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BLANCHE YURKA - AUTOGRAPH LETTER SIGNED 09/02/1969 - HFSID 132040

BLANCHE YURKA Content-rich autograph letter signed by her in 1969, discussing her forthcoming London stage appearance and completing her autobiography Autograph Letter signed: "Blance", 2 pages (front and verso), 6x9. New York, N.Y., 1969 September 2. On personal letterhead to Viola Rubber.

Sale Price $198.00

Reg. $220.00

Condition: fine condition
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BLANCHE YURKA
Content-rich autograph letter signed by her in 1969, discussing her forthcoming London stage appearance and completing her autobiography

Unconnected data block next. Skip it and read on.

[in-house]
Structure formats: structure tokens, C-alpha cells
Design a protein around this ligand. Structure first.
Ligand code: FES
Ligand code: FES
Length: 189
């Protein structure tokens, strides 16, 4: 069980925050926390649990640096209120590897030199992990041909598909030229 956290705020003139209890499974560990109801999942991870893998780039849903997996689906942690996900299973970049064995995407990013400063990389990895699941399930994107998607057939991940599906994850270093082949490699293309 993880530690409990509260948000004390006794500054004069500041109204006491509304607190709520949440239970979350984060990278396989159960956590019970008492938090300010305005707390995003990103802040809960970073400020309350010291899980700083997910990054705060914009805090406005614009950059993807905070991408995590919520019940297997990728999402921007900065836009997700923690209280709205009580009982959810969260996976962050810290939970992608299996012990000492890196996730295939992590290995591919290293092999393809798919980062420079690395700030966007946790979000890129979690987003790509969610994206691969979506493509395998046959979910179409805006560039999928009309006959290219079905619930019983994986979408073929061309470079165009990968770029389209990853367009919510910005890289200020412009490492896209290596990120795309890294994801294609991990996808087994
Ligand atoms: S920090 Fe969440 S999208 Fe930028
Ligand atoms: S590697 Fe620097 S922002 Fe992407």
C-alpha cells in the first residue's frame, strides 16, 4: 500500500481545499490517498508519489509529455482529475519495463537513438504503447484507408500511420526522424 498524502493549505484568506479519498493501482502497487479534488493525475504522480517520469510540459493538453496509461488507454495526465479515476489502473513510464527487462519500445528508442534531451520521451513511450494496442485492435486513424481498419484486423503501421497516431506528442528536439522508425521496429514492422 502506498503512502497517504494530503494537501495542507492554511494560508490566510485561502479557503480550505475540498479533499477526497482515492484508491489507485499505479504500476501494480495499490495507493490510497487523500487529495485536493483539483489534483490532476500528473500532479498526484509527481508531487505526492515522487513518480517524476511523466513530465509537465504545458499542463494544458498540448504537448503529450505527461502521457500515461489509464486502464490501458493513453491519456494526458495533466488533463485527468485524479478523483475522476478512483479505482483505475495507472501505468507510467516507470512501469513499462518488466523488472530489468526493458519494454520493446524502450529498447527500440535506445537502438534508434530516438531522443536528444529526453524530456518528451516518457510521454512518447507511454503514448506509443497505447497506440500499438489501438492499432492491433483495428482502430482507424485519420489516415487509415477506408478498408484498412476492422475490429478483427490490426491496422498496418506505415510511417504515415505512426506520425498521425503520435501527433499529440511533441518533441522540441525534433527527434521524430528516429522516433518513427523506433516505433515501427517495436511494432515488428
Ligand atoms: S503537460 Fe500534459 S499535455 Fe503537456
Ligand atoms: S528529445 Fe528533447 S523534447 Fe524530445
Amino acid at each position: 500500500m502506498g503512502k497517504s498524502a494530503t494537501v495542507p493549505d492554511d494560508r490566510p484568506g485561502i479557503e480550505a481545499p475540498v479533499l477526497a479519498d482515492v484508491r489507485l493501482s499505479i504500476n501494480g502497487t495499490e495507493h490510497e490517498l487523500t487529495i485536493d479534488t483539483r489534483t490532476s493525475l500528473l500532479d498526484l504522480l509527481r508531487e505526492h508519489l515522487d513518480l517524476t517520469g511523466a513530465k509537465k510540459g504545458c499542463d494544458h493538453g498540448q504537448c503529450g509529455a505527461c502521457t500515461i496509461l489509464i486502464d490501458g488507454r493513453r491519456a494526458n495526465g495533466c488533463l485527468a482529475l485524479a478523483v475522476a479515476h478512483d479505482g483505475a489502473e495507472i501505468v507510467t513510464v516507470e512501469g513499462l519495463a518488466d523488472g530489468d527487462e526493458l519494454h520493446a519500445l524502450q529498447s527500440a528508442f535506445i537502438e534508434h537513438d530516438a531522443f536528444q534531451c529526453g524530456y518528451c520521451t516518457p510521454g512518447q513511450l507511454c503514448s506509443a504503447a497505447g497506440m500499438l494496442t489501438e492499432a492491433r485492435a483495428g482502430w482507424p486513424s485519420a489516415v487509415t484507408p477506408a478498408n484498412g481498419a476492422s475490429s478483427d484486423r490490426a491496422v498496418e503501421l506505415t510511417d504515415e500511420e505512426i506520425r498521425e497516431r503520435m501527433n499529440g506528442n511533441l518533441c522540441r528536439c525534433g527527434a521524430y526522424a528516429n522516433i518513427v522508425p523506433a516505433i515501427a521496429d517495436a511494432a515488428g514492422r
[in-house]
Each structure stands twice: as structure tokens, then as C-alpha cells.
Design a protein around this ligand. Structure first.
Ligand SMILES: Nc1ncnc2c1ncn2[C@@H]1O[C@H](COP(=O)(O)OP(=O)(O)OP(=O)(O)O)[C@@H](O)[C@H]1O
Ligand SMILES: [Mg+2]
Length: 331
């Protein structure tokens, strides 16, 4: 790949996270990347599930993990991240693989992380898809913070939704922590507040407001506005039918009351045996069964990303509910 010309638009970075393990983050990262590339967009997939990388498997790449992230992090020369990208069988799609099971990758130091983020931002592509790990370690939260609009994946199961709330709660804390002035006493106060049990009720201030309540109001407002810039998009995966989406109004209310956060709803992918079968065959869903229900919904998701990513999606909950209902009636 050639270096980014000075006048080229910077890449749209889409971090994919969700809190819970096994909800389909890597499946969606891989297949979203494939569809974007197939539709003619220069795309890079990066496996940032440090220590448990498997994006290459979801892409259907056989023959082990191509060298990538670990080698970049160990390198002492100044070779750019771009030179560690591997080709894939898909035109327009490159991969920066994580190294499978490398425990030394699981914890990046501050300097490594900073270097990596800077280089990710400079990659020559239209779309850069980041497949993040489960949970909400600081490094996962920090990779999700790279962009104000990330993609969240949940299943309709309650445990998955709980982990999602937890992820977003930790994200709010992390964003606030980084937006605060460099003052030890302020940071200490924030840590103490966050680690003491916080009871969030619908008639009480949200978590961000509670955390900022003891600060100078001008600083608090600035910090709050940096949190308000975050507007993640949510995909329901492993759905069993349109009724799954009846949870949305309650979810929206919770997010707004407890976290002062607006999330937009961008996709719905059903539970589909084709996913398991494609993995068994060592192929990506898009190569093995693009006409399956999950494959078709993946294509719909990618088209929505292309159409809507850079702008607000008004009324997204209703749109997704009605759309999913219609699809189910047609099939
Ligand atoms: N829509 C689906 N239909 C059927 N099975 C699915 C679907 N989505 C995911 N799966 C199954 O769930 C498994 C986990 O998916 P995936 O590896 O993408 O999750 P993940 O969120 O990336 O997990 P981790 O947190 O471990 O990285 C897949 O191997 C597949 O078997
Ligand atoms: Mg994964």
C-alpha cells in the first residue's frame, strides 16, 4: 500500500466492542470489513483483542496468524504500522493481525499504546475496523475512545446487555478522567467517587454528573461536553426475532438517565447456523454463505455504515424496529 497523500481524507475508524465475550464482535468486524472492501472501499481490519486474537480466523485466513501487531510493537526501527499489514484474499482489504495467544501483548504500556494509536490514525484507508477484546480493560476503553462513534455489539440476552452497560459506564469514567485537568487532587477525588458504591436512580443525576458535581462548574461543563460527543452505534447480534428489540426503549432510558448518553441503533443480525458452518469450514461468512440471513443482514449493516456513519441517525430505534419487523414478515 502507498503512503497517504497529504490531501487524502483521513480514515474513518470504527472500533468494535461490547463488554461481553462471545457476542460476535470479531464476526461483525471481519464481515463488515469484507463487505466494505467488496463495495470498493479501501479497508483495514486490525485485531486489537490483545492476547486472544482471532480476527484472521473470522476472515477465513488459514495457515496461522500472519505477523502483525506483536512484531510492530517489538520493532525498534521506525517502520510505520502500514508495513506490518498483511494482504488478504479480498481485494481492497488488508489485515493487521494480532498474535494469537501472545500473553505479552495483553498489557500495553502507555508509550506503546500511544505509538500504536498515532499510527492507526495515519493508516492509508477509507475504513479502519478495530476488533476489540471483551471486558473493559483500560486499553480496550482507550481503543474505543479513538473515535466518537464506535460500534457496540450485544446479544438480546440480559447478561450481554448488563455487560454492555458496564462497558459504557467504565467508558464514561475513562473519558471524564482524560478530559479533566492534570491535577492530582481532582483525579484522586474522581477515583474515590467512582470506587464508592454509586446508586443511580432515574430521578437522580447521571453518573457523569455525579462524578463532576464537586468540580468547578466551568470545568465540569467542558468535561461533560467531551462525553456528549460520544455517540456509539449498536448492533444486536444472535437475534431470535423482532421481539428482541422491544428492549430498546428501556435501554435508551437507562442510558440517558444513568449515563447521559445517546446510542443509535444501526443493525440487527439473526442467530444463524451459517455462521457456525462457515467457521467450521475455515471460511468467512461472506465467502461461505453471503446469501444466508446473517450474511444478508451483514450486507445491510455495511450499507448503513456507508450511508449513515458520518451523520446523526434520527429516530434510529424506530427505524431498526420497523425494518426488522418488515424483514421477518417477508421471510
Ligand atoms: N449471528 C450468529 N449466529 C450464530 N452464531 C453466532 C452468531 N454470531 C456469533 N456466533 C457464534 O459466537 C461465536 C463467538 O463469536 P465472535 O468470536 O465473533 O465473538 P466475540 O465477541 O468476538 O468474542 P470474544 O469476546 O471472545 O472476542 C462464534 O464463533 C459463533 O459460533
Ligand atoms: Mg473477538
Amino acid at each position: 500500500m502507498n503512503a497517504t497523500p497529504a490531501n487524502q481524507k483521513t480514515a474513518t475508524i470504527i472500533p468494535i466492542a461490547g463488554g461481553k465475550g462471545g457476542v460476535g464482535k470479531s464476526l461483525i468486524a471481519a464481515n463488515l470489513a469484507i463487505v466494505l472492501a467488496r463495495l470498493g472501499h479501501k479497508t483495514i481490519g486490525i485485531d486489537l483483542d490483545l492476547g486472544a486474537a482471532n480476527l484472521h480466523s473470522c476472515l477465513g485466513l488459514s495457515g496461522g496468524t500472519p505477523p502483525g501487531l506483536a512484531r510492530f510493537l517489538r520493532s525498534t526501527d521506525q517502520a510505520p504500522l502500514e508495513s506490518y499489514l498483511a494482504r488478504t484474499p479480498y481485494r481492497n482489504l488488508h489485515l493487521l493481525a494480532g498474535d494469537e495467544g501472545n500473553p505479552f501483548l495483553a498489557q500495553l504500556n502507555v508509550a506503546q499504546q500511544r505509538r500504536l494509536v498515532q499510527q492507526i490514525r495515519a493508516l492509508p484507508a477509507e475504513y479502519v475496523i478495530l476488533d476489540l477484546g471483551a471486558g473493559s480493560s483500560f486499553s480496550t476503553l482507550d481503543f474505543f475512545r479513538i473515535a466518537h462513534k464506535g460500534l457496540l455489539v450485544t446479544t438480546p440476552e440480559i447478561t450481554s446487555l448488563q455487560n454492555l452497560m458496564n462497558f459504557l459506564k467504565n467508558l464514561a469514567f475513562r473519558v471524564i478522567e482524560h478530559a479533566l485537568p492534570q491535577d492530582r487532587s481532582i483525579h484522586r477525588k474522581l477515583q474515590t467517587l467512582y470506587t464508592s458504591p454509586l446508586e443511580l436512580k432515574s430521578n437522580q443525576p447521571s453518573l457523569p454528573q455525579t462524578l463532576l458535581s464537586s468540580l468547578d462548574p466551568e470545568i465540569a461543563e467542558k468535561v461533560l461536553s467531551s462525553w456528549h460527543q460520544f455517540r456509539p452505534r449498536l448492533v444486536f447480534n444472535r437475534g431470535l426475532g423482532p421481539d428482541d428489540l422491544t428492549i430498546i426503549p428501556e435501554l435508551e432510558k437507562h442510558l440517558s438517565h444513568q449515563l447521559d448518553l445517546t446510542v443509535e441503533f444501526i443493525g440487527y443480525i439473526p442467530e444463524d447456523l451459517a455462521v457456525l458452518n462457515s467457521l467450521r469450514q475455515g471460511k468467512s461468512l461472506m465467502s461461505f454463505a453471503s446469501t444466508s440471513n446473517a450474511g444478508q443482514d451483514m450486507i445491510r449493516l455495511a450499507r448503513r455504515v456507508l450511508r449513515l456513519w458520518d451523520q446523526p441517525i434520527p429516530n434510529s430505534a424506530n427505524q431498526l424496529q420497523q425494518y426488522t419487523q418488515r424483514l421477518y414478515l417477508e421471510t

Autograph Letter signed: "Blance", 2 pages (front and verso), 6x9. New York, N.Y., 1969 September 2. On personal letterhead to Viola Rubber. In full: "As my phone is cut off pending my departure today (BOAC) I am sending this last little message of hope that you may be able to fly over to see our 'Madwoman.' As we are a week late starting rehearsals the opening may be delayed- (Leontovitch had to have an extra week on rehearsals for her play!) So I will send you word when I know the exact date. Meanwhile, I am a little concerned over not having received any response to my letter to Bette, which I sent to the address you gave me- (1 Crooked mile-Westport) As the University Press asked for a 'foreword' from her in preference to one of two other former colleagues of mine. I hope she will accede to their request. I am of the impression that she is in Hollywood, working, which would explain the delay of course, but in publishing I understand "Time is of the Essence" Can you ascertain why she has not answered me? Always your happy .Madwoman'". Accompanied by original envelope, addressed in her hand. Trained in opera, Blanche Yurka (1887-1974) chose a career in acting instead. She made her Broadway stage appearance in 1910, her final one in 1967, excelling in tragic roles, Greek, Shakespearean and modern. She avoided films at first, but made a stunning debut as Madame DeFarge in A Tale of Two Cities (1935). Other noteworthy film appearances included two 1944 films: The Bridge of San Luis Rey and Song of Bernadette. Her London performance in a revival of The Madwoman of Chaillot (1970), anticipated in this letter, was her final stage role. Yurka wrote an influential acting textbook, Dear Audience (1960), and recorded under the same title a 2-volume Folkways collection of classic scenes from great plays. Her autobiography Bohemian Girl, appeared in 1970. Viola Rubber, the addressee, was a Broadway producer, nominated for a Tony for Night of the Iguana (1962). The "Bette" referred to in the letter was Bette Davis, a longtime fan of Yurka's. (Davis once observed that watching Yurka perform on Broadway in The Wild Duck (1925) had inspired her to become an actress.) Normal mailing fold creases. Fine condition.

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